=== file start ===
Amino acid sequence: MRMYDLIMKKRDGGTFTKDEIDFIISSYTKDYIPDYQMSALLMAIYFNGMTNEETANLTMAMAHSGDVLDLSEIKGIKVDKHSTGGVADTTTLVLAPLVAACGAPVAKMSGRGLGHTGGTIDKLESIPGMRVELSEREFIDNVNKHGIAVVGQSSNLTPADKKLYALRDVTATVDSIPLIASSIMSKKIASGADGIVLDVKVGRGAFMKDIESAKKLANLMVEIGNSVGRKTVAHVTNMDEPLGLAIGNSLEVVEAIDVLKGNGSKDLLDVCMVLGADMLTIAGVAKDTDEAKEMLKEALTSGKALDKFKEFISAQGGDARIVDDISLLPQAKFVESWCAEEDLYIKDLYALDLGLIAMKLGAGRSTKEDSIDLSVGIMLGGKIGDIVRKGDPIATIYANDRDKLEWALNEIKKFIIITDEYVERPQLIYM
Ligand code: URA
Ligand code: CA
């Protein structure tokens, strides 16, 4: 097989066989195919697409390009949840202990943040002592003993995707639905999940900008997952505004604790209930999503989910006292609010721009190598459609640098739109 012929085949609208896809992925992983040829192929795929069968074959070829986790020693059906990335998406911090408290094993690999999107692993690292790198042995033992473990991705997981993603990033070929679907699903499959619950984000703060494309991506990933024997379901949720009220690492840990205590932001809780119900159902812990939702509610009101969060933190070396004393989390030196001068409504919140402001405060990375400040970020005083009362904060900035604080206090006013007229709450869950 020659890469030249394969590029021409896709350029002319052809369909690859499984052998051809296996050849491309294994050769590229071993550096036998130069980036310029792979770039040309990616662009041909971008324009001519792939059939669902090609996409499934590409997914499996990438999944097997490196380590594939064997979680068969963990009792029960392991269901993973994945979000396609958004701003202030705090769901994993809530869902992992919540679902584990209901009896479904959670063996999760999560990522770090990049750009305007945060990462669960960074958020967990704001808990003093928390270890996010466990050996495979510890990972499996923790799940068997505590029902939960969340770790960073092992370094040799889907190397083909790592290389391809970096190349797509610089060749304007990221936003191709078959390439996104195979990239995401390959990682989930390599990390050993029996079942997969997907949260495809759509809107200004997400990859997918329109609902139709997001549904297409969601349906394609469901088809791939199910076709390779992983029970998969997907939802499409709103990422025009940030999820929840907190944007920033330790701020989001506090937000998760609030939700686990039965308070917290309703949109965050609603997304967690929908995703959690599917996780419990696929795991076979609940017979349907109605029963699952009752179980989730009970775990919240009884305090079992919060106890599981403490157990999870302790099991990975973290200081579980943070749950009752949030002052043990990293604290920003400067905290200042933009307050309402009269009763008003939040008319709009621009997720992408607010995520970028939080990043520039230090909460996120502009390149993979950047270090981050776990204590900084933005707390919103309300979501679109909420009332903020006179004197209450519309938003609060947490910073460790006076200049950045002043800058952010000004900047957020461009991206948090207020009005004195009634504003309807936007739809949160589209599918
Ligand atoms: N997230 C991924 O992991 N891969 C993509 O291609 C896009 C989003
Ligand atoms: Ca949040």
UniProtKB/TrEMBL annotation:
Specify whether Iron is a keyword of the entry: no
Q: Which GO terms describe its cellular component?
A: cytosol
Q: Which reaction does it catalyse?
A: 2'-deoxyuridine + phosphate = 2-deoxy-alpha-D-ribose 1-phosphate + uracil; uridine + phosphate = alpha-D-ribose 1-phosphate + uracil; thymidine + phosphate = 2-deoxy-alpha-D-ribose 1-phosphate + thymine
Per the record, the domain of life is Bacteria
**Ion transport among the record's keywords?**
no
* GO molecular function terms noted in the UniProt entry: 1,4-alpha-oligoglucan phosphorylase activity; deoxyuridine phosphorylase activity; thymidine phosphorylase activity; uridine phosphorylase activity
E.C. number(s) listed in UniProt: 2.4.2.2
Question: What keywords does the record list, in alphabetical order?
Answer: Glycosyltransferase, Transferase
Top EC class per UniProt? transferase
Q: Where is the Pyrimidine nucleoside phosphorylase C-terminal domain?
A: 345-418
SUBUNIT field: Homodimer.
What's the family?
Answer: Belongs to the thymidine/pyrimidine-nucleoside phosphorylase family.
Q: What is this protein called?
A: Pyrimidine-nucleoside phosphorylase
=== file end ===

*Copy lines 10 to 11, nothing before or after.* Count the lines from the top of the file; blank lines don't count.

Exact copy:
A: cytosol
Q: Which reaction does it catalyse?